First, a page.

Round 3. You have just 30 seconds to guess with each partner. Instead of describing in words (Round 1) or charades (Round 2), you may speak only one word. For “Blarney stone,” one might say “kiss” or “rock.” Once chosen, the word may not be rescinded. Continue around the circle until all papers are drawn. Total up papers earned.

Whichever team has the highest number of cumulative points wins the game!

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Games: Drawing Pictionary

I love games, and I love my godparents and godsiblings for teaching me/introducing me to the cream of the group-game crop. The best things about Drawing Pictionary and Salad Bowl?

  • You don’t have to buy it — free! Perfect for a college budget!
  • You need only pens, scrap paper, and friends. (A bowl is useful for Salad Bowl, too, but really any container/bag/purse would do.)
  • Both reward creative thinking.

How to play Drawing Pictionary:

Everyone needs: a writing utensil and as many small pieces of paper per person as participants. (So if six people are playing, every person begins with one pencil/pen and six small pieces of paper.)

To begin: Sit in a circle. Write a sentence on the top sheet of your personal stack of papers. It can be about anything. Examples: Hamsters enjoy Irish dancing in Times Square. Rabbits do not like pumpkins. The thunderstorm scares the elf.

Then: Everyone pass his or her entire stack of papers to the next person in the circle. Read the sentence the previous person wrote. Illustrate that sentence on the piece of paper between the top one. (So the sentence was written on page one of the stack of papers. The drawing will be on page two.) Slide page one to the bottom of the stack so only your drawing shows. If you are finished, feel free to put pressure on the remaining players to hurry up.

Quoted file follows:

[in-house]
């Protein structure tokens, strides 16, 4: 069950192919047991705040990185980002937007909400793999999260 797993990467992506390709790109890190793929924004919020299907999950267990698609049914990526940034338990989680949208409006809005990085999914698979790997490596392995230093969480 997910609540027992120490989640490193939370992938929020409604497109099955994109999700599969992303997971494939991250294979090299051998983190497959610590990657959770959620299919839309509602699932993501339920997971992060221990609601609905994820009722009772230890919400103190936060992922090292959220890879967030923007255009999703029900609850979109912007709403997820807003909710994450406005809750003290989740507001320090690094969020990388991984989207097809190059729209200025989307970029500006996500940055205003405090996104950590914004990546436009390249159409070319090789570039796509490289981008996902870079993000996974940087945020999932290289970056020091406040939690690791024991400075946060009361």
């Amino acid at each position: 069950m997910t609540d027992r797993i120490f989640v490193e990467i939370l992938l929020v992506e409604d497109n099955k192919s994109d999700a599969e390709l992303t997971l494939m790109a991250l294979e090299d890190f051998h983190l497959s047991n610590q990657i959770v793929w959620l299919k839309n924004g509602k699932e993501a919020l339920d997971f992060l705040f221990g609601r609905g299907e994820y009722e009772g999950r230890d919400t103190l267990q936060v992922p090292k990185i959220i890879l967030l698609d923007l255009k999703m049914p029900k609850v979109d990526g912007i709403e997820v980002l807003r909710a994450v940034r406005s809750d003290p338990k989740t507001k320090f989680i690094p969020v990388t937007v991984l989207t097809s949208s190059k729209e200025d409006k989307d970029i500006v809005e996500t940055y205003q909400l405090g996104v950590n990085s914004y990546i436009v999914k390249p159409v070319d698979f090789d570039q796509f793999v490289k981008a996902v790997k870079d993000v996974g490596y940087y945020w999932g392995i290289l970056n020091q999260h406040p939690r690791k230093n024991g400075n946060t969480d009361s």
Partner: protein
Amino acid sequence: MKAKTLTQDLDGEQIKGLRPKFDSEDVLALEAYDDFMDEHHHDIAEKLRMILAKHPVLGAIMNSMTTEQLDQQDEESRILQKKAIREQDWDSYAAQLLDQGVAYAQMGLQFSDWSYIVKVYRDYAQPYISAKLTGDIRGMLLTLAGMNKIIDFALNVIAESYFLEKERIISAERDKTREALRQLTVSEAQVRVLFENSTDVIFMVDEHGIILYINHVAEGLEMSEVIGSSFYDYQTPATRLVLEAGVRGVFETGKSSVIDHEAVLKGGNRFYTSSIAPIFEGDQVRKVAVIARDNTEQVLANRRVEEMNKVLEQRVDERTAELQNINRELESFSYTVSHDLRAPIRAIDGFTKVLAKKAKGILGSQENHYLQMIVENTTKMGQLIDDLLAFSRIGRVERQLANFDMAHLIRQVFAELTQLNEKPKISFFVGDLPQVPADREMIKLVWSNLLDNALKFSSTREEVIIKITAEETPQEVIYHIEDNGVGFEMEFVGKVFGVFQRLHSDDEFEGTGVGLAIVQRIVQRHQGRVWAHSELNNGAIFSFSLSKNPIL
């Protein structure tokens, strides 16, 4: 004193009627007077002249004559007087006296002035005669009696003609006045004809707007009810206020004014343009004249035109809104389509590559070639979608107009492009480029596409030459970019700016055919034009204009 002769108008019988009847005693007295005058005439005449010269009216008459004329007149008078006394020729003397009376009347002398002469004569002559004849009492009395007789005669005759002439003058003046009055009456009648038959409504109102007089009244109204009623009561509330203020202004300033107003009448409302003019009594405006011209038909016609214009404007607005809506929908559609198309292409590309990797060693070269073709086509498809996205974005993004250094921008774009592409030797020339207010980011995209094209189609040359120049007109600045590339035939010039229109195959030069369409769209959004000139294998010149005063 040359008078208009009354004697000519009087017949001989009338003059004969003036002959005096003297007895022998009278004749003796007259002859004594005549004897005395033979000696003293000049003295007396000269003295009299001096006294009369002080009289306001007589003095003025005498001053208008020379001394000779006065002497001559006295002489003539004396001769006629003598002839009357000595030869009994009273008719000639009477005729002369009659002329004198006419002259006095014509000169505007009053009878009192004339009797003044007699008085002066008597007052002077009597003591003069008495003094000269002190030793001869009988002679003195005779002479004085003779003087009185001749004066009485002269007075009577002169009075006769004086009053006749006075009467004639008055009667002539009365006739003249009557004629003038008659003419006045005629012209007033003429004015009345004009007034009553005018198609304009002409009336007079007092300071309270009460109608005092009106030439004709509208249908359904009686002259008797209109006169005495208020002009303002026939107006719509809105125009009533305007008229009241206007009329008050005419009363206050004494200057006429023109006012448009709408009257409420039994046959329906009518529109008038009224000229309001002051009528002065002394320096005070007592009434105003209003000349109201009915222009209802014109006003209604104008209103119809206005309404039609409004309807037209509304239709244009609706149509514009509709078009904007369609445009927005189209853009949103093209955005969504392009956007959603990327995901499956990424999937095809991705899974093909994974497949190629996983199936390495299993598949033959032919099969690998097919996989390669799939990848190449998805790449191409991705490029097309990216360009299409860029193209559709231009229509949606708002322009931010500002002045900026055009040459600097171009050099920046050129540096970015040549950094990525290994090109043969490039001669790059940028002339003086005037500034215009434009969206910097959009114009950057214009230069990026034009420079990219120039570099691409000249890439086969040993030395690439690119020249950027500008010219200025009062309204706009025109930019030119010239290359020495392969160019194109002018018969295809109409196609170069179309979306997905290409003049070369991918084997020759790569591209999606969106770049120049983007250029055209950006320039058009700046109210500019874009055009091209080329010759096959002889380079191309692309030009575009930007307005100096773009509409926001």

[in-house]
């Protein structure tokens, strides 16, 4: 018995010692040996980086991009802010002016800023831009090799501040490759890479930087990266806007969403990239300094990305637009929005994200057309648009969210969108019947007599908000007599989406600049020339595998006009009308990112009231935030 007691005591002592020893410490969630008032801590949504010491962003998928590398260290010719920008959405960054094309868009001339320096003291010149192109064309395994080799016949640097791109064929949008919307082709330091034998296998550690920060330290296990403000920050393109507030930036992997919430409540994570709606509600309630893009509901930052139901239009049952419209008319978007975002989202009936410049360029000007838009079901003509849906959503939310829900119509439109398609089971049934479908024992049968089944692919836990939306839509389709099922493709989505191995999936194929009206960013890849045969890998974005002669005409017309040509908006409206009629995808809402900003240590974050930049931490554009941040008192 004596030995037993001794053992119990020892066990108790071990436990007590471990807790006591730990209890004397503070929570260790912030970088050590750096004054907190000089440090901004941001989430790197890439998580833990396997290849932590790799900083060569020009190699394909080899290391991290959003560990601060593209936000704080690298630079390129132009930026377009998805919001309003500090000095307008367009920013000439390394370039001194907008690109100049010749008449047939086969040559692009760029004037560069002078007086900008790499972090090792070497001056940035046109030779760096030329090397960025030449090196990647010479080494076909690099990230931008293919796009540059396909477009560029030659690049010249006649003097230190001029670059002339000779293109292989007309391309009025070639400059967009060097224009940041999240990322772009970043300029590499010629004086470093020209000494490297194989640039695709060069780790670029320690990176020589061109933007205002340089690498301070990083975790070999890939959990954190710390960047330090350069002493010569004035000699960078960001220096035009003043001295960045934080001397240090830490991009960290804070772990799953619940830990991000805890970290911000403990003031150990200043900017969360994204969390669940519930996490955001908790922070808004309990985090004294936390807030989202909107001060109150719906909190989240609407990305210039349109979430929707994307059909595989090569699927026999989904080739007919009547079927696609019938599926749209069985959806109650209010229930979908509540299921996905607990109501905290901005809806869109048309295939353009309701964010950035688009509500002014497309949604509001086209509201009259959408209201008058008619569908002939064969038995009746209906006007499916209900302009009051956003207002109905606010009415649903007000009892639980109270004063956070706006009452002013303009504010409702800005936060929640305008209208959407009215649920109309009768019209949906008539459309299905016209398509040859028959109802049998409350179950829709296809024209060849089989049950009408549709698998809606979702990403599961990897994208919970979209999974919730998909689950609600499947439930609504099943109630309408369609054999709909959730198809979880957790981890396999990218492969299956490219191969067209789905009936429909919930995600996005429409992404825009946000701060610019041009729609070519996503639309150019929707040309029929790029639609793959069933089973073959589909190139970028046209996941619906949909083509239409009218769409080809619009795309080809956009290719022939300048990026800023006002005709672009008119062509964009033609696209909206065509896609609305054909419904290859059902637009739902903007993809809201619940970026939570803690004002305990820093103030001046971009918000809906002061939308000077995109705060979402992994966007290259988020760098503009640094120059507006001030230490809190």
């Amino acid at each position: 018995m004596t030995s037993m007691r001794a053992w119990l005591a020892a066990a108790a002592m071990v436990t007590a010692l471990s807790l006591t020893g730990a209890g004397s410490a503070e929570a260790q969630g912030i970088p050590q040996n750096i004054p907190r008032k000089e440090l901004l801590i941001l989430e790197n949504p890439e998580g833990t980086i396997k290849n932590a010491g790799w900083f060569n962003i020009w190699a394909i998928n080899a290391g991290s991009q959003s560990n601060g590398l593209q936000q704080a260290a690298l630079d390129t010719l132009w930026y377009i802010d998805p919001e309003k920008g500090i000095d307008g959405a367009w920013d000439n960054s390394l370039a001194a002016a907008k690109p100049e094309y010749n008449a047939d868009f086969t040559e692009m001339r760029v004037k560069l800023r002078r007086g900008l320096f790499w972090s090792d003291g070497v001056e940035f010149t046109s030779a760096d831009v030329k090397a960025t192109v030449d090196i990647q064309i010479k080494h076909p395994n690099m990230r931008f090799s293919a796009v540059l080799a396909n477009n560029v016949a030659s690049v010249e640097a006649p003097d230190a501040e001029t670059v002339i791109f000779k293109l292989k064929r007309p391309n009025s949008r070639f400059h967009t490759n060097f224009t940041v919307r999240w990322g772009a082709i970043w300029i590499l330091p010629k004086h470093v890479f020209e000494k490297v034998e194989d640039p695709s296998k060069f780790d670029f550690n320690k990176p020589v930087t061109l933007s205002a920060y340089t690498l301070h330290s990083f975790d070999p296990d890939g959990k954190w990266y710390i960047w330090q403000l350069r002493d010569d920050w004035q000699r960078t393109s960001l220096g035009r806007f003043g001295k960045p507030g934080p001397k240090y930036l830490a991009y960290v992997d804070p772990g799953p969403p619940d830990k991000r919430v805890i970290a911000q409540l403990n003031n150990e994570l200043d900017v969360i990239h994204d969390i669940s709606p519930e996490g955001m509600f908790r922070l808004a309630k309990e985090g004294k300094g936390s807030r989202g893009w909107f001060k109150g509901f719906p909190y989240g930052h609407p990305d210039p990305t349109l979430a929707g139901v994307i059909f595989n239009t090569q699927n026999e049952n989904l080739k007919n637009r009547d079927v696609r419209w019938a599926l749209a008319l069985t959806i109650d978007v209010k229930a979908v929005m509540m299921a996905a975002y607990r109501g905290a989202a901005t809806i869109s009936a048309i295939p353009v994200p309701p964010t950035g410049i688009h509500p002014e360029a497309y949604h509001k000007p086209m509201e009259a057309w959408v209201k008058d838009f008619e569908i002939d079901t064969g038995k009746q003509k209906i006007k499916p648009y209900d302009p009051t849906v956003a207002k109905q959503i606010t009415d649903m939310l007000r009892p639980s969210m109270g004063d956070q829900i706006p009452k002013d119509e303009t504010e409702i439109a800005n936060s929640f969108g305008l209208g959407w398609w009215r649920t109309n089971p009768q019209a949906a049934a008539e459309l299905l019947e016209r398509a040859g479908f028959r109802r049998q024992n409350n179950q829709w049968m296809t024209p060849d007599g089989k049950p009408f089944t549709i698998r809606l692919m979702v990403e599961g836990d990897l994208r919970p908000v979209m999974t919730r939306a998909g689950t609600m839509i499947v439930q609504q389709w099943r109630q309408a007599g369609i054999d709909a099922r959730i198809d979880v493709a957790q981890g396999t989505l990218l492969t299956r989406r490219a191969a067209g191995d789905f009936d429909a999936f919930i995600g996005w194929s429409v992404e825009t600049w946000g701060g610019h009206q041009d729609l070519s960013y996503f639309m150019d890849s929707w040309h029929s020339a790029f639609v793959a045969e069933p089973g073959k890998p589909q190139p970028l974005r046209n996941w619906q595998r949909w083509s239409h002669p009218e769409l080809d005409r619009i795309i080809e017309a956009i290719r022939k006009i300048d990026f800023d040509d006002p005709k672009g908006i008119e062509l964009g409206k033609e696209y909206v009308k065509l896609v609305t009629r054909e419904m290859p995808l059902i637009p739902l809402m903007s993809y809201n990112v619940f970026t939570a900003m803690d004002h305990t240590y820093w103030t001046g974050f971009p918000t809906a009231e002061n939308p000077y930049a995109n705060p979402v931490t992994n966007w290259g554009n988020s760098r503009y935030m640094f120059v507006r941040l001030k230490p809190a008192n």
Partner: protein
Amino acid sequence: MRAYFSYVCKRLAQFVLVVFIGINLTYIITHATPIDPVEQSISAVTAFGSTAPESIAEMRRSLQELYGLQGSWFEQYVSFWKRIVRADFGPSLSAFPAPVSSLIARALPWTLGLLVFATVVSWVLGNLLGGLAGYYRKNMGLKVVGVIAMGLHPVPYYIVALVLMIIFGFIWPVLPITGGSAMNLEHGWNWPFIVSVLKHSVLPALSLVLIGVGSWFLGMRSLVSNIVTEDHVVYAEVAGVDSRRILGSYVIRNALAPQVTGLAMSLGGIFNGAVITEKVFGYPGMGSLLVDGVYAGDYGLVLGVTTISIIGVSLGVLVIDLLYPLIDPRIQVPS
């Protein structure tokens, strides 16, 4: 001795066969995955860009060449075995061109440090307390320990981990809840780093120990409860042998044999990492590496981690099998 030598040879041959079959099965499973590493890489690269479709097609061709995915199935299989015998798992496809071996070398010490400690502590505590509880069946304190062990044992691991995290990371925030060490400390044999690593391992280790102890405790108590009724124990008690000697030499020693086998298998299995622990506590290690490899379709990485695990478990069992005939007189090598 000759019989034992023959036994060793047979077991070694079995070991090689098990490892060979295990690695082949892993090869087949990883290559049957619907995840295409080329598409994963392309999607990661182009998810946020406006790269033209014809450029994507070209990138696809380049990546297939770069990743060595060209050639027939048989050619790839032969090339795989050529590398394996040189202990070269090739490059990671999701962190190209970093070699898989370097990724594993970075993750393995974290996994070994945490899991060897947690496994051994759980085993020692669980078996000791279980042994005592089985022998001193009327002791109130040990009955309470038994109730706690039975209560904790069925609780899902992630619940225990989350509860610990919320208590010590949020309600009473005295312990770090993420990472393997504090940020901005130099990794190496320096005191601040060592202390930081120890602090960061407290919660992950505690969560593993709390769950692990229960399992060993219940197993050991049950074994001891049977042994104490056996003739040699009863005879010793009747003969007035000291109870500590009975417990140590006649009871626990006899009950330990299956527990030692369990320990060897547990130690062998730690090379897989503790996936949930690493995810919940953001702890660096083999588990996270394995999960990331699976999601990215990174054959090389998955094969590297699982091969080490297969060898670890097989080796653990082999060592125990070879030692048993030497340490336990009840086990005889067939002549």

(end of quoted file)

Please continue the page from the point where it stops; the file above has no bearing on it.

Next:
Then: Pass the entire stack to the next person. The stack you get should have the previous person’s drawing of the previous-previous person’s sentence (which you are not allowed to view). Write a sentence describing the picture you see. Put the previous person’s work on the bottom of the stack so only yours shows.

Continue as before, alternating drawing with sentences, until the stacks of paper return to their originators. Take turns reading original sentences and showing the progression of drawings and descriptions. Rabbits not liking pumpkins might have turned into elk eating balloons — it depends on the drawing and interpretive skills!

I’m not sure how clear these instructions were, so please ask questions in the comments below. Have fun!

Blue likes to play games too -- especially basketball!

Back to Butler